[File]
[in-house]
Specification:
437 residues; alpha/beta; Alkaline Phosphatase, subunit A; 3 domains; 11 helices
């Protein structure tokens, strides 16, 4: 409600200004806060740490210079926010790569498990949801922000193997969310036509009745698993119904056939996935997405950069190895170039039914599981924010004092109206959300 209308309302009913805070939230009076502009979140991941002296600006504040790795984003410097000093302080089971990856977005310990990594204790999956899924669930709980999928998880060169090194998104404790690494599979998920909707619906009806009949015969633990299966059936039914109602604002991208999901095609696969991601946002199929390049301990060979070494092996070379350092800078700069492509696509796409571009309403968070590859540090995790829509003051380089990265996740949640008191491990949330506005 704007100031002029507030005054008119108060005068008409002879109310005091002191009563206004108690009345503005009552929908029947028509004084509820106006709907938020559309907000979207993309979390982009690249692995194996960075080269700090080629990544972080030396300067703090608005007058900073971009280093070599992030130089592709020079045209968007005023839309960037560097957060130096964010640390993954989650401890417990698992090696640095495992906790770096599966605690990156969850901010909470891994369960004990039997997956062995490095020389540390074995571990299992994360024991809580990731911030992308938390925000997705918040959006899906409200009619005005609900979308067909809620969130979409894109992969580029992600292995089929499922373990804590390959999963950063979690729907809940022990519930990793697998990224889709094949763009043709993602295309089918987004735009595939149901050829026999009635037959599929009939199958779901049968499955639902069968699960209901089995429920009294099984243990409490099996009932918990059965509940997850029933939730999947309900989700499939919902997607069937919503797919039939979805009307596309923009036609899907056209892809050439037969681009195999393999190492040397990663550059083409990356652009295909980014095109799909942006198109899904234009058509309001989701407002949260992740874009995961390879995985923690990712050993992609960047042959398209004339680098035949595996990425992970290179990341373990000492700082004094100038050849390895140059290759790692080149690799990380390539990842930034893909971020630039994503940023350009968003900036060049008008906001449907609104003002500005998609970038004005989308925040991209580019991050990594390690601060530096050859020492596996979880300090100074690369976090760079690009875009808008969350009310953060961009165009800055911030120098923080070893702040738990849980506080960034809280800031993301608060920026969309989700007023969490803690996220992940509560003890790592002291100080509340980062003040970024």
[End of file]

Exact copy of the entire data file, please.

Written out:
[in-house]
Specification:
437 residues; alpha/beta; Alkaline Phosphatase, subunit A; 3 domains; 11 helices
């Protein structure tokens, strides 16, 4: 409600200004806060740490210079926010790569498990949801922000193997969310036509009745698993119904056939996935997405950069190895170039039914599981924010004092109206959300 209308309302009913805070939230009076502009979140991941002296600006504040790795984003410097000093302080089971990856977005310990990594204790999956899924669930709980999928998880060169090194998104404790690494599979998920909707619906009806009949015969633990299966059936039914109602604002991208999901095609696969991601946002199929390049301990060979070494092996070379350092800078700069492509696509796409571009309403968070590859540090995790829509003051380089990265996740949640008191491990949330506005 704007100031002029507030005054008119108060005068008409002879109310005091002191009563206004108690009345503005009552929908029947028509004084509820106006709907938020559309907000979207993309979390982009690249692995194996960075080269700090080629990544972080030396300067703090608005007058900073971009280093070599992030130089592709020079045209968007005023839309960037560097957060130096964010640390993954989650401890417990698992090696640095495992906790770096599966605690990156969850901010909470891994369960004990039997997956062995490095020389540390074995571990299992994360024991809580990731911030992308938390925000997705918040959006899906409200009619005005609900979308067909809620969130979409894109992969580029992600292995089929499922373990804590390959999963950063979690729907809940022990519930990793697998990224889709094949763009043709993602295309089918987004735009595939149901050829026999009635037959599929009939199958779901049968499955639902069968699960209901089995429920009294099984243990409490099996009932918990059965509940997850029933939730999947309900989700499939919902997607069937919503797919039939979805009307596309923009036609899907056209892809050439037969681009195999393999190492040397990663550059083409990356652009295909980014095109799909942006198109899904234009058509309001989701407002949260992740874009995961390879995985923690990712050993992609960047042959398209004339680098035949595996990425992970290179990341373990000492700082004094100038050849390895140059290759790692080149690799990380390539990842930034893909971020630039994503940023350009968003900036060049008008906001449907609104003002500005998609970038004005989308925040991209580019991050990594390690601060530096050859020492596996979880300090100074690369976090760079690009875009808008969350009310953060961009165009800055911030120098923080070893702040738990849980506080960034809280800031993301608060920026969309989700007023969490803690996220992940509560003890790592002291100080509340980062003040970024």